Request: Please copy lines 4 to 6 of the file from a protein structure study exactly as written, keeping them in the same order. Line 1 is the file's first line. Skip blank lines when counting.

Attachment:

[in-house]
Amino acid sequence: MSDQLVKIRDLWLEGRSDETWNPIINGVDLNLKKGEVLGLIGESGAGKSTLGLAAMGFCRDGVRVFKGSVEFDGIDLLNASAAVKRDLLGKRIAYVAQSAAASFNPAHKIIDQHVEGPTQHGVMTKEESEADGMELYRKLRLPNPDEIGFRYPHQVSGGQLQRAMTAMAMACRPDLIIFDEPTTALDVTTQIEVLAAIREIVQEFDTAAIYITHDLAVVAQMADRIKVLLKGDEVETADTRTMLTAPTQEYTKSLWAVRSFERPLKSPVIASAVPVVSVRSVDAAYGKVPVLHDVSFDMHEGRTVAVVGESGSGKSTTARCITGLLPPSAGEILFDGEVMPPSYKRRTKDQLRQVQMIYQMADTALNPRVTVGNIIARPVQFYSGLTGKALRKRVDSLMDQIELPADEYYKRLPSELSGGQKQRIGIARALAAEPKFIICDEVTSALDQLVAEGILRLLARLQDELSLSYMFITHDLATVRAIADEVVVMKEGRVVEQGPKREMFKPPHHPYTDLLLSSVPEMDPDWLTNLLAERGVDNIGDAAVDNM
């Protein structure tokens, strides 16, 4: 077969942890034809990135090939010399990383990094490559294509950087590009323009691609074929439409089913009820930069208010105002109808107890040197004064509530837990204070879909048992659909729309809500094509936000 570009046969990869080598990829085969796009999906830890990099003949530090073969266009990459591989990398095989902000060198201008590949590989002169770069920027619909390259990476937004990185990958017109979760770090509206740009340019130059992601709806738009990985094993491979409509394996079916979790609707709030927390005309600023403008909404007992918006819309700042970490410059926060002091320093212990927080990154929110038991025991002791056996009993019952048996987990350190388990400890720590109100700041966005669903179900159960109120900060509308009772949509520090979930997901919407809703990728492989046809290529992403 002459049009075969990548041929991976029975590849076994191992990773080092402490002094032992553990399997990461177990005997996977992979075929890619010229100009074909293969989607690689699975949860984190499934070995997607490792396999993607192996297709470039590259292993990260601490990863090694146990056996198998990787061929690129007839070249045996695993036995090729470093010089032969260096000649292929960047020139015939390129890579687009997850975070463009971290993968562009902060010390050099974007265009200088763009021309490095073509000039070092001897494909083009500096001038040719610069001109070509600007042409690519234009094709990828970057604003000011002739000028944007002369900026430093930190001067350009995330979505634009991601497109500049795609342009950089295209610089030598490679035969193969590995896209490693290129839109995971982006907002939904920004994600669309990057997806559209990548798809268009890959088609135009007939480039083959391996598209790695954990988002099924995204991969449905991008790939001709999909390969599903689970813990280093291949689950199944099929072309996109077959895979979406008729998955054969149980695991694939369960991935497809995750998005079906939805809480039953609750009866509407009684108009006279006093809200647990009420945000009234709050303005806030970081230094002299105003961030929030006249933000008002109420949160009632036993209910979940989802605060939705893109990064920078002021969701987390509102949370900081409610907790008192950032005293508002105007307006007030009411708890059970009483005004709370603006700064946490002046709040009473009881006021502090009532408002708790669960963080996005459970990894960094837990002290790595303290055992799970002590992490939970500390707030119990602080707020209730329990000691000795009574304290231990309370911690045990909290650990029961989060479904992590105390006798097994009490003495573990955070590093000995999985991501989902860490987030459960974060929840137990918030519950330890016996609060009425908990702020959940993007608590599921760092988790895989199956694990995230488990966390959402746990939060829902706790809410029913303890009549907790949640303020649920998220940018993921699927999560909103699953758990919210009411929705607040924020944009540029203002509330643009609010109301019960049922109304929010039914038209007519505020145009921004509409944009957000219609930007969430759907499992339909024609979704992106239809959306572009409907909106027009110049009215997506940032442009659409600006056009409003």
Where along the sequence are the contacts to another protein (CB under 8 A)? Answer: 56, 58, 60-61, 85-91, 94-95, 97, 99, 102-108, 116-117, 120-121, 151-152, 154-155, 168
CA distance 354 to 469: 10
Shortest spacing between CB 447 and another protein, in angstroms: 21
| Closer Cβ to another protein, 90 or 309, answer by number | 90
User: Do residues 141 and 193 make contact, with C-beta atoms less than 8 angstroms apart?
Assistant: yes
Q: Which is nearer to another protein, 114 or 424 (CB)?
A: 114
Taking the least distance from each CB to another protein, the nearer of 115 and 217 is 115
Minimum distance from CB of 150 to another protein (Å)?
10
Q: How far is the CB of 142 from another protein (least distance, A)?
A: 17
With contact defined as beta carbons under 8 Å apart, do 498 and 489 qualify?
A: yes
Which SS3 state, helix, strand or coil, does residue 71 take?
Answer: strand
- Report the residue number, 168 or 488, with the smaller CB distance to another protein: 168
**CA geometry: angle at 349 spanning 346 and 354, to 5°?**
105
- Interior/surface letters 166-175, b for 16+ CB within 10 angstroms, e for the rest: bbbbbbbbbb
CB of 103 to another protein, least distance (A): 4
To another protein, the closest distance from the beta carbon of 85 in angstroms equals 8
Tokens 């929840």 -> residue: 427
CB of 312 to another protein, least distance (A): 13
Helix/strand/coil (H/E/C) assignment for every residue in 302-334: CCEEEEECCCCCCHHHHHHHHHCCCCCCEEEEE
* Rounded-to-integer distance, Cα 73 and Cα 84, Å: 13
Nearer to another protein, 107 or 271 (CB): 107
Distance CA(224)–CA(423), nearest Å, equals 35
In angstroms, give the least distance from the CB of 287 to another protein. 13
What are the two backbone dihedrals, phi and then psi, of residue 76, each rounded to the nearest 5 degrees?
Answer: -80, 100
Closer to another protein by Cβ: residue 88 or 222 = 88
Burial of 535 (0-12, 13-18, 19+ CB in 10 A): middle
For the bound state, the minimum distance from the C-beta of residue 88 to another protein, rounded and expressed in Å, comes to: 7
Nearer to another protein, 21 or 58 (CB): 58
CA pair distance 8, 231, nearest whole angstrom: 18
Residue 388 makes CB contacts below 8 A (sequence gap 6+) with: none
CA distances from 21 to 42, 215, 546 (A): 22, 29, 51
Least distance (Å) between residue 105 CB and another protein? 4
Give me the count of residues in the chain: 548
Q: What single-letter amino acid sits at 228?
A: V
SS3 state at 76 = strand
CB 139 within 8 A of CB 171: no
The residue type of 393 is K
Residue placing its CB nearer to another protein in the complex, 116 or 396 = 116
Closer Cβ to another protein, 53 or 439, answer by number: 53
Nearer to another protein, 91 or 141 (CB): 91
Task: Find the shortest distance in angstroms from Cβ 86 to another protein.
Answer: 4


Where along the sequence are the contacts to another protein (CB under 8 A)? Answer: 56, 58, 60-61, 85-91, 94-95, 97, 99, 102-108, 116-117, 120-121, 151-152, 154-155, 168
CA distance 354 to 469: 10
Shortest spacing between CB 447 and another protein, in angstroms: 21